Double vision or “diplopia” can be an extremely concerning experience for someone, especially when it occurs suddenly. Double vision can range in severity and have a variety of causes, from harmless to very serious. An important distinction in classifying double vision is whether it is with one eye only “monocular”, or both eyes together, “binocular”.
Binocular double vision, commonly referred to simply as double vision, occurs when a person’s eyes fail to work together properly, and can be resolved by closing one eye. Our eyes rely on several highly coordinated muscles and nerves to keep each eye focused on the same object. When properly aligned, each eye focuses and aims at the same object, which our brain interprets as single vision. If this coordination is disrupted, it can result in our two eyes focusing in different places. This causes each eye to see a different image, resulting in a person experiencing double vision. Double vision is often categorized into “intermittent”, meaning it happens occasionally and resolves, or “constant”, meaning it occurs and does not go away.
Intermittent double vision is more common than constant double vision, and usually is the result of a momentary loss of muscle coordination. We all have an eye “posture” that our eyes will naturally tend toward without constant energy and visual feedback. Most people’s eyes tend to point slightly outwards, but some also tend inwards. This phenomenon is slightly different for everyone, and we all have our own unique ability to overcome this tendency and maintain single vision. If someone’s eye posture is too great for them to overcome, double vision can result. This commonly occurs when a person is fatigued, or putting their eyes through more than they can easily handle. Common causes include prolonged near or computer work, lack of sleep, and certain visual motor problems. The ability to adequately maintain comfortable single vision can also deteriorate simply due to age.
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Constant or sudden double vision is always a reason to see a doctor right away. When a person suddenly loses the ability to maintain single vision, it can indicate a structural or neurological problem. Our eyes rely on several nerves and muscles working in concert to perform properly. When one of these loses its ability to keep the eye in place, or move it efficiently, it can result in a sudden eye turn or the inability to move the eye at all. Some causes of sudden constant double vision include areas of the brain losing oxygen, lesions that affect normal function, and neurological diseases.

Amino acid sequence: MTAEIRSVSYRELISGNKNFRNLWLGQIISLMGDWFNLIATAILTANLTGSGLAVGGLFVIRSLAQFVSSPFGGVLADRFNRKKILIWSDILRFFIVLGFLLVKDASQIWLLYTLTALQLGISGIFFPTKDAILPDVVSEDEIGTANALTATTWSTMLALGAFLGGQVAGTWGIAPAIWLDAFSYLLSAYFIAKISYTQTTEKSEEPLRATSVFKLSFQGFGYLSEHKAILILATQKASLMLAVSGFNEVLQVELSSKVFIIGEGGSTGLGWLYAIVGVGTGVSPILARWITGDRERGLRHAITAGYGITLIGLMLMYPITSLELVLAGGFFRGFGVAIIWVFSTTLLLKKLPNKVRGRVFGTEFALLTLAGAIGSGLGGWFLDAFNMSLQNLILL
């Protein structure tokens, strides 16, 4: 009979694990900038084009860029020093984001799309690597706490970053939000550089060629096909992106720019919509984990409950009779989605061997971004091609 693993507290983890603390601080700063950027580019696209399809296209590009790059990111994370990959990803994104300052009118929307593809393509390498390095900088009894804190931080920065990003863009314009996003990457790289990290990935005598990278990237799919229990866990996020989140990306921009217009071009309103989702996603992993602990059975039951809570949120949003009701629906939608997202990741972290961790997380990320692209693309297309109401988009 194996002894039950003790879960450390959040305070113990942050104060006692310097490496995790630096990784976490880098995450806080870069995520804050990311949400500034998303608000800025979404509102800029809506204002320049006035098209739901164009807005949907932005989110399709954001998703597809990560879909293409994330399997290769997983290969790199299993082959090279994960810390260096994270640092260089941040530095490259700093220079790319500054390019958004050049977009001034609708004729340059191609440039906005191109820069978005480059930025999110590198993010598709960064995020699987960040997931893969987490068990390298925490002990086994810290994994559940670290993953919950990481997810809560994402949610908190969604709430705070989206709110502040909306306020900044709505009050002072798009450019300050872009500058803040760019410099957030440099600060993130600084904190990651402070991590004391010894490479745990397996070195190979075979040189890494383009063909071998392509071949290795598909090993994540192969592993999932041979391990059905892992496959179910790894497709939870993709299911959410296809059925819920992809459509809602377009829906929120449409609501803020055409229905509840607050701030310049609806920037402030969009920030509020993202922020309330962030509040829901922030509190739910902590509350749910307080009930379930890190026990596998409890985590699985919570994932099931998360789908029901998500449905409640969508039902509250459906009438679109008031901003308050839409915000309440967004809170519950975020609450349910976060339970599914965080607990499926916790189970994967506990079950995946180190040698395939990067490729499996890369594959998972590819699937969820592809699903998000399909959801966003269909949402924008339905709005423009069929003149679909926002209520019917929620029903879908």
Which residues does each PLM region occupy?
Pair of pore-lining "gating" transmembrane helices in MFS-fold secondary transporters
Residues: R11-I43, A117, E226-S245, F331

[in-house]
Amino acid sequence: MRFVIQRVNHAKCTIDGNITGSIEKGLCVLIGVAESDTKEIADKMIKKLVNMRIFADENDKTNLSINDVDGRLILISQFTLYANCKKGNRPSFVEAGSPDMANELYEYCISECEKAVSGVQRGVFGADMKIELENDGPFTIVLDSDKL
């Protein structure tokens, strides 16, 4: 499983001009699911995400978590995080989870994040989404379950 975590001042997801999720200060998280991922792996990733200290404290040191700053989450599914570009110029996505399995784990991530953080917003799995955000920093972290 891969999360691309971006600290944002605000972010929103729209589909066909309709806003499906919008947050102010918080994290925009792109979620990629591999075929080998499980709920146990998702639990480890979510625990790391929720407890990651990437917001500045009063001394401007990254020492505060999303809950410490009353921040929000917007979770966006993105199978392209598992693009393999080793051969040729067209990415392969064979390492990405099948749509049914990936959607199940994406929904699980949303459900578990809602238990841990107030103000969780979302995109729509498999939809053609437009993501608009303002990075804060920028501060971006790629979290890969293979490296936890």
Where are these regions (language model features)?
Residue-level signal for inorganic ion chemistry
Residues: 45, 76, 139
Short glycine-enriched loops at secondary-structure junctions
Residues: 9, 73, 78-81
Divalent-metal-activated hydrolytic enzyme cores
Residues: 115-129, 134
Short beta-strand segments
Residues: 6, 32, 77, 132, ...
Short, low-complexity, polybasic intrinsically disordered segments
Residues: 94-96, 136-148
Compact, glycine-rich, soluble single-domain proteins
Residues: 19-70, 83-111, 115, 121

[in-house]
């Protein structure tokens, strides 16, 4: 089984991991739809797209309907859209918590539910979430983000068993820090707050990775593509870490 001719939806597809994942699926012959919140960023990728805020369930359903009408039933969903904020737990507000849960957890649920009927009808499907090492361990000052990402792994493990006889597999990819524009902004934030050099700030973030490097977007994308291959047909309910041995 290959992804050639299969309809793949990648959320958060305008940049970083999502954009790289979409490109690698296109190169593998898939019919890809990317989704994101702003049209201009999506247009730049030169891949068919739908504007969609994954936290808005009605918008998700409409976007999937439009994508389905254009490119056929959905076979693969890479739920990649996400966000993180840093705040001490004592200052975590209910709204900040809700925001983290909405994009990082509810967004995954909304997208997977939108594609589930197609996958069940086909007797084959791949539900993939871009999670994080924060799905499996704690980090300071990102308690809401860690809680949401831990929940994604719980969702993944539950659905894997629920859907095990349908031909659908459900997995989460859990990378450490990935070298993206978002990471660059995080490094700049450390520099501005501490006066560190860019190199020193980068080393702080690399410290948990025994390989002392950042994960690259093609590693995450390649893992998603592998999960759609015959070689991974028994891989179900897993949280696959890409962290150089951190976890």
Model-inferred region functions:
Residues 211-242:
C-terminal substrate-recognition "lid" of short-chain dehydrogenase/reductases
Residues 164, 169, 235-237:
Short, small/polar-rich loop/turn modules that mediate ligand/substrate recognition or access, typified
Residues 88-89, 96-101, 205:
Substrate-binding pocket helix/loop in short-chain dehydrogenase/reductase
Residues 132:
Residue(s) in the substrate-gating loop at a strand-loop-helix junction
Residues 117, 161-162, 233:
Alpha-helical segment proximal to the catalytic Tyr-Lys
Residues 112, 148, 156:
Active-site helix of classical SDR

Monocular double vision means that when the person closes an eye, they still see more than one image in one or both of their eyes. This is generally less concerning, and usually a byproduct of something happening with the optics of the eye, rather than muscular or neurological. In order for us to achieve normal vision, it is necessary for every part of the eye to work properly. Monocular double vision most commonly comes from disorders of the cornea, the front window of the eye. The cornea is responsible for bending most of the light as it enters the eye, and irregularities to this surface can result in distorted, double, and even triple vision. People can also sometimes experience this type of double vision simply from dry eye.
Treatment for double vision includes first identifying the underlying cause. If the double vision is monocular, treatments aimed at improving the health and optics of the eye are recommended. This may be as simple as the regular use of topical lubricating drops, or custom contact lenses. Binocular diplopia, if sudden and constant, warrants a thorough work up and usually testing and treatment in a hospital setting. As the underlying condition is treated and managed, many patients will regain some, if not most, of their visual function. Intermittent double vision, as described above, can be managed with eye exercises and prism lenses. Eye exercises, also known as vision therapy, can help some patients improve their ability to coordinate their eyes, and allow them to use their eyes together more effectively. Prism lenses can also be very helpful for patients that are unable to coordinate their eyes on their own. Prisms work by moving the image each eye sees to the same place, mimicking what our eyes naturally did prior. Prism glasses can also go beyond treating people with intermittent double vision. In cases where patients have lost the ability to move an eye, or have a constant eye turn, prisms can often be placed in such a way to help that person regain single vision as well.
If you or someone you know is experiencing new double vision, it is important to talk to a doctor, eye or otherwise, as soon as possible. For more information, see the links below.
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